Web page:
The relative reinforcing value (RRV) of food, defined as how hard an individual is prepared to work to gain access to food rather than a nonfood alternative, has been shown to be higher in obese adults and children than in their normal-weight counterparts. However, these cross-sectional studies are unable to determine whether a high RRV of food is predictive of adiposity change or whether it is a consequence of being obese.
The objective was to examine the association between the RRV of food and 1-y weight gain in children aged 7-10 y.
An observational longitudinal study design was used. The RRV of food was determined by using a questionnaire method at baseline when the children (n = 316) were aged 7-9 y. Adiposity [body mass index (BMI), BMI SD score, fat mass index, waist circumference, and waist circumference SD score] was assessed at baseline and after 1 y.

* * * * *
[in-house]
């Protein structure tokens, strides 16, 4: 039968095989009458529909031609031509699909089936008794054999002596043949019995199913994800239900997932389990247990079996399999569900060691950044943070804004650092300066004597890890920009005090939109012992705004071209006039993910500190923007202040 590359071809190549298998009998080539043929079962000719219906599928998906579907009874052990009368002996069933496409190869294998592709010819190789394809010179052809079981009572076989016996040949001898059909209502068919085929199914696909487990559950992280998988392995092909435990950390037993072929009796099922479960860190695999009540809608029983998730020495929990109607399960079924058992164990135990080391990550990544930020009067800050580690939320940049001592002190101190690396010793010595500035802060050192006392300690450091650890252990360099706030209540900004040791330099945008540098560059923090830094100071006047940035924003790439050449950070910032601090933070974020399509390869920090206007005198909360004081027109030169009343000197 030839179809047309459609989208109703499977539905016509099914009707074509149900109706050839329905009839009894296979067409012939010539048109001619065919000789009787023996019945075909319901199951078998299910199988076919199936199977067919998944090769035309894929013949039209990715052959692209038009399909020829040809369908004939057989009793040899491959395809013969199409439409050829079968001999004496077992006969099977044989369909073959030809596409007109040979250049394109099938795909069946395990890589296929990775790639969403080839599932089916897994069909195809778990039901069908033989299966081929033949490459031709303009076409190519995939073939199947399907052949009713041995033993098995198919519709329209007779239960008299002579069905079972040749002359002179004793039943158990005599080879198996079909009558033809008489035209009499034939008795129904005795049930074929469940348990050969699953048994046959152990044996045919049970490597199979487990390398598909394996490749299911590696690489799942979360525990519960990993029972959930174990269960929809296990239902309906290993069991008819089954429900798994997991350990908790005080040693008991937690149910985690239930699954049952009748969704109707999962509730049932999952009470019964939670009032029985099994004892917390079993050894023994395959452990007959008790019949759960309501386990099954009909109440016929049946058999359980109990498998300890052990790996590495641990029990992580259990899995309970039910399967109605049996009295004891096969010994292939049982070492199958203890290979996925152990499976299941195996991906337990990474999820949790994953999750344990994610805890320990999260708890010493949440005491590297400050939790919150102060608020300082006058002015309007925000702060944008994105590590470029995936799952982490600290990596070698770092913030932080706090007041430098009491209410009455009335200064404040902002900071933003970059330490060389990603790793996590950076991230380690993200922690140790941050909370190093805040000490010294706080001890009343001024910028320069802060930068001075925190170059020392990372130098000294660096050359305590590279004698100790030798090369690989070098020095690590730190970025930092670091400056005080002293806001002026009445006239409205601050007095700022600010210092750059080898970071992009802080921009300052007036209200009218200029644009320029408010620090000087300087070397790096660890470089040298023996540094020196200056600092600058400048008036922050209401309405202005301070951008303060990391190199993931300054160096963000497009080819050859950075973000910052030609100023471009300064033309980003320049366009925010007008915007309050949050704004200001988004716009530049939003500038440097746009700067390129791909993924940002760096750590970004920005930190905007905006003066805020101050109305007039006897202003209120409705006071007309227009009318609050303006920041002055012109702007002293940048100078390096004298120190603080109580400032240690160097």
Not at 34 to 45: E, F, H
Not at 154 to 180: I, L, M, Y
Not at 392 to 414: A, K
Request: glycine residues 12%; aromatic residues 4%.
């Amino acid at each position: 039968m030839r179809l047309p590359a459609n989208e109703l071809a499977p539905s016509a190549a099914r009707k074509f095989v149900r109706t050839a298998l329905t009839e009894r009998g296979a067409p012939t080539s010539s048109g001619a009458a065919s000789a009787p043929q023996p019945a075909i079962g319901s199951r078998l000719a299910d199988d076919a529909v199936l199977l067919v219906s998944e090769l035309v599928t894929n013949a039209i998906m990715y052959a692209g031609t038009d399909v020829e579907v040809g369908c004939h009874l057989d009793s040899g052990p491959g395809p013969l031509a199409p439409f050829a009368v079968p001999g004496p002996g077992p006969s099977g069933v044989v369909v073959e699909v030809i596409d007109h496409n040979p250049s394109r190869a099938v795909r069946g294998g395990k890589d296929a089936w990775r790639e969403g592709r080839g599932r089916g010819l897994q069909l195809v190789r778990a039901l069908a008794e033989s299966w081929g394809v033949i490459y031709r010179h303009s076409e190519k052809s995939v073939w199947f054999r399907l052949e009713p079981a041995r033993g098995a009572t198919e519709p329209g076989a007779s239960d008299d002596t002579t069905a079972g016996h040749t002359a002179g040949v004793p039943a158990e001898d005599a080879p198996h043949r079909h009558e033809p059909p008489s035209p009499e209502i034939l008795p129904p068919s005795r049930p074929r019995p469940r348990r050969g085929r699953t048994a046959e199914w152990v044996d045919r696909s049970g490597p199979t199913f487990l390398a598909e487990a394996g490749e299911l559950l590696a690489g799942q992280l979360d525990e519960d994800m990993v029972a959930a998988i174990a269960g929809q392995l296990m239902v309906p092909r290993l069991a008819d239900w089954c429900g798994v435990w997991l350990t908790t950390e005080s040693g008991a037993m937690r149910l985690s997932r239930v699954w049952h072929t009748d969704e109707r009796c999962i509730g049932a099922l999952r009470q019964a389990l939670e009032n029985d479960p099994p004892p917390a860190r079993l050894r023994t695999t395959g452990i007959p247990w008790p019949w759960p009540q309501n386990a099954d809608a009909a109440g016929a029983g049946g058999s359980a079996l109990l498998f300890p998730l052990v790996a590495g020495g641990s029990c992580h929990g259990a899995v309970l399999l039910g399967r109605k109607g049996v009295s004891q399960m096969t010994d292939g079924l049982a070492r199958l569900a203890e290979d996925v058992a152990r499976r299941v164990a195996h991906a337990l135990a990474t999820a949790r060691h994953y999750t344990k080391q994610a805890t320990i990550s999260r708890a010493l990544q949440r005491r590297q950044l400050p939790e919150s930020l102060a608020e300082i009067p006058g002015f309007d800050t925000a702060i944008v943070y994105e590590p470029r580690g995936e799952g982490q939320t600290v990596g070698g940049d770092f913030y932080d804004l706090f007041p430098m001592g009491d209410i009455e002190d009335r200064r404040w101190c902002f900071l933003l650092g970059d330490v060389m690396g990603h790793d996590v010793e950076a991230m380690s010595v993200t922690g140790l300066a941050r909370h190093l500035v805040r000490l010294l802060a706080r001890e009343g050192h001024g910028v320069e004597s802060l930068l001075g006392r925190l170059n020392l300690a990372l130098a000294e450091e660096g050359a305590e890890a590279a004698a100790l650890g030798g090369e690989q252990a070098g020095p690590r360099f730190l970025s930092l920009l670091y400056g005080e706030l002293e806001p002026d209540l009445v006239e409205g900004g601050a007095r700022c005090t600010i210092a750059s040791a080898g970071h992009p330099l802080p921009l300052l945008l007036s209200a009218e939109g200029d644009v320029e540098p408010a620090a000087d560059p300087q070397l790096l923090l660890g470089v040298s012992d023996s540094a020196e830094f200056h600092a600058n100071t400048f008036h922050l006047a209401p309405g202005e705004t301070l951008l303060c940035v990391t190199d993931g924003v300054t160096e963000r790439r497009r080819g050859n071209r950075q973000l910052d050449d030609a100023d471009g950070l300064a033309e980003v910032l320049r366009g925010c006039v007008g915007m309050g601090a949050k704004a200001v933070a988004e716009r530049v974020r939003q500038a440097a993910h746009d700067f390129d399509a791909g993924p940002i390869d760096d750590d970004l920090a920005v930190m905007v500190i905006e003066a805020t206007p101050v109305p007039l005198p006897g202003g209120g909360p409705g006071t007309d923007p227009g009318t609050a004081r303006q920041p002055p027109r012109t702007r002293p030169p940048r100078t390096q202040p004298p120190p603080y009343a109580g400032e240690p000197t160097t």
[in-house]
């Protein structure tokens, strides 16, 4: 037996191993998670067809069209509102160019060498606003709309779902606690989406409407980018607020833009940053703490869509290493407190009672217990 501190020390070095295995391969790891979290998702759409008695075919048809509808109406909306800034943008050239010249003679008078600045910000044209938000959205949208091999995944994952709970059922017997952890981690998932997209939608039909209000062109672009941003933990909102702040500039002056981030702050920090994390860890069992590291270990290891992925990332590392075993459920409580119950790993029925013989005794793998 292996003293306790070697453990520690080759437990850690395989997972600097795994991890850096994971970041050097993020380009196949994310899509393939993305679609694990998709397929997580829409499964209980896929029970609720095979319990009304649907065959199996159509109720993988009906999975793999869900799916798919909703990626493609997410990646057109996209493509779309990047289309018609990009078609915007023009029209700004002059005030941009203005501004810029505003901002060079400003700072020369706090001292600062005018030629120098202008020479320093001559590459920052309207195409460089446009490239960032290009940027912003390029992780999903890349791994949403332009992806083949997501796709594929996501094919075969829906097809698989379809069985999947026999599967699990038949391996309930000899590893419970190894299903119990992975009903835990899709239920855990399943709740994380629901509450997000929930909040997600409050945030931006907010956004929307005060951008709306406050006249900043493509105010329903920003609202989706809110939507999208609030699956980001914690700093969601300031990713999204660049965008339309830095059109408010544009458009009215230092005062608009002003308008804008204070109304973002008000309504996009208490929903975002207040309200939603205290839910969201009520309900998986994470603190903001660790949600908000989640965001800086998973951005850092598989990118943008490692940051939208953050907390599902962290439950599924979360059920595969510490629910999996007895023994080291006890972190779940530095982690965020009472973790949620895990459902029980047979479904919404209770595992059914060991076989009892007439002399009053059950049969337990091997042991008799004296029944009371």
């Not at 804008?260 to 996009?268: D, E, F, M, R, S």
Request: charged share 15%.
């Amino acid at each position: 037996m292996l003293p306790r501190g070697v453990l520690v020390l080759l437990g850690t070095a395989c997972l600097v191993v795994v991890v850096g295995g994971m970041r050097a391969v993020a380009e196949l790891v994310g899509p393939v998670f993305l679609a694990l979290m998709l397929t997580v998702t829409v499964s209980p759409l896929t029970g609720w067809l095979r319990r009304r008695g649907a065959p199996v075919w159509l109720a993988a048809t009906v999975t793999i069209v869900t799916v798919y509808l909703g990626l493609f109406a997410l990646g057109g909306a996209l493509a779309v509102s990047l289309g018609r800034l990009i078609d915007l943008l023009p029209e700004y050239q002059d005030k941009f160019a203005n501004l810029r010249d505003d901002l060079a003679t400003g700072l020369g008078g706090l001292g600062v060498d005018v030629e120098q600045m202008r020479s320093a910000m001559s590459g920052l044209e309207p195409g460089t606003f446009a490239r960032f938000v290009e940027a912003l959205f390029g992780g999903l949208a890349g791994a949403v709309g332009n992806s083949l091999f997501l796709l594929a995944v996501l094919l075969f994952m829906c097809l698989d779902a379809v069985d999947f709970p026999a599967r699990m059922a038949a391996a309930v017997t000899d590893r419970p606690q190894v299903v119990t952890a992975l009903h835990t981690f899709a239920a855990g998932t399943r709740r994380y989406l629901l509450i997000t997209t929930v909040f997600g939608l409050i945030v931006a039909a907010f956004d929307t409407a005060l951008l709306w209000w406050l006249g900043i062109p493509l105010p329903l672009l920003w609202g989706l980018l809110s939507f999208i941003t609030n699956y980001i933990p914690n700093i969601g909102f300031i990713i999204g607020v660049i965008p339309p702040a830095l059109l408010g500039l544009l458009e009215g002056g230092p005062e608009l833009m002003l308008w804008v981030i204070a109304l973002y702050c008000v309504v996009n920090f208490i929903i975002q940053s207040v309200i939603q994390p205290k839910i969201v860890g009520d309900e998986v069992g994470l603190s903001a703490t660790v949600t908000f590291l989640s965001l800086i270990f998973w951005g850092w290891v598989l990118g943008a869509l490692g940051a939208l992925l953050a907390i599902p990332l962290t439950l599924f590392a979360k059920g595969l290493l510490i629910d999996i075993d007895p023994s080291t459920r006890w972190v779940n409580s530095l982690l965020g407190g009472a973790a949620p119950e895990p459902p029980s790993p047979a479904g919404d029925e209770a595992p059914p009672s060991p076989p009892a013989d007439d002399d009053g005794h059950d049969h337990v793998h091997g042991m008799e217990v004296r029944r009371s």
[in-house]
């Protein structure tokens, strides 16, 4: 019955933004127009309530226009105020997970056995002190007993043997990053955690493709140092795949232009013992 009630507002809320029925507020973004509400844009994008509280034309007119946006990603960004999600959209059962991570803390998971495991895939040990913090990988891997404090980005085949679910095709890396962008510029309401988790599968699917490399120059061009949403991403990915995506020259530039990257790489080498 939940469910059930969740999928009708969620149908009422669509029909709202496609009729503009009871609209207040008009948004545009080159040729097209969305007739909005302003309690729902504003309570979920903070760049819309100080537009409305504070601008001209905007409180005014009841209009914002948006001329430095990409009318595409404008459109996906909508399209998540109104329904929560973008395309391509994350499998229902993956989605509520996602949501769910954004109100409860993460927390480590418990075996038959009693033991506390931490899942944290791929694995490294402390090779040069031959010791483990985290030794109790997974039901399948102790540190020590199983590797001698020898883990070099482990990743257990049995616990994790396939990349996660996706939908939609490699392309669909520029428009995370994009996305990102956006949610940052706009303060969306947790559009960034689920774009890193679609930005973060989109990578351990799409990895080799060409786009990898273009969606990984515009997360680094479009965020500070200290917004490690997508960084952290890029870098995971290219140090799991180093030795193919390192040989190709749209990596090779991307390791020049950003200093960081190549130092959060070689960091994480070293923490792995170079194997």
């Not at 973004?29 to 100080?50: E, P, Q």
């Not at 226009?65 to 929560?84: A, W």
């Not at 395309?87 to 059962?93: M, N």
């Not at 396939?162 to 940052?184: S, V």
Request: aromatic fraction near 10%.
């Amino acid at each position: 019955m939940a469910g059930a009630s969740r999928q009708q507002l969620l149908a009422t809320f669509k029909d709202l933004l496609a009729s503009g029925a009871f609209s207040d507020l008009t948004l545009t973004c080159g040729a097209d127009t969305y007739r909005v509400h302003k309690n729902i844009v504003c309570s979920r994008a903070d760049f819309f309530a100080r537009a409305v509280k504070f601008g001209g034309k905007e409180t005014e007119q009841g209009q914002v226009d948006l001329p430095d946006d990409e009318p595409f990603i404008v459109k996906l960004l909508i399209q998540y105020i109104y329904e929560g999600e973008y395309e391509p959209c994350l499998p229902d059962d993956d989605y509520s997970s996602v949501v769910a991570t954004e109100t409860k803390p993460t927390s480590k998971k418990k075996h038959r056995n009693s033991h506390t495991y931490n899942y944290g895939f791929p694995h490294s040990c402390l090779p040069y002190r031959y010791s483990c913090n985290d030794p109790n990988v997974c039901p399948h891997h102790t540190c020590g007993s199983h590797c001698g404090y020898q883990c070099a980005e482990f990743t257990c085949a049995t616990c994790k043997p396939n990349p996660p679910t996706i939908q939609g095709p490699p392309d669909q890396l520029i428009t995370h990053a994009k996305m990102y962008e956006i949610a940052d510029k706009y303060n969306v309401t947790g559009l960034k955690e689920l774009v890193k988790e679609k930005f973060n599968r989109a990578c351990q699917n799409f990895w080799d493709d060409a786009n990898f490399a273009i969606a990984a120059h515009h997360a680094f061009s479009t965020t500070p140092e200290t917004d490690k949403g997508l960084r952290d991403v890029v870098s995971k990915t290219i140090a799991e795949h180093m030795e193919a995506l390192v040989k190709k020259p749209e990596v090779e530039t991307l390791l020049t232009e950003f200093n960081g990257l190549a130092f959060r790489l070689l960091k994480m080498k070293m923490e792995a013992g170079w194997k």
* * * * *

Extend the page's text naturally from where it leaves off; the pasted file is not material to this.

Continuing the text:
Regression analyses indicated that the RRV of food was not associated with any measure of adiposity at baseline or at the 1-y follow-up (all P > 0.58). Changes in BMI (B = 0.06, P < 0.001), BMI SD score (B = 0.03, P = 0.001), and fat mass index (B = 0.09, P = 0.001) after 1 y were significantly predicted by the RRV of food at baseline.
The RRV of food predicted the change in adiposity over a relatively short-term period of 1 y and thus may be associated with the development of obesity. The lack of association in cross-sectional analyses indicates that this behavior is a risk factor for weight gain, although weight differences may not emerge until later childhood.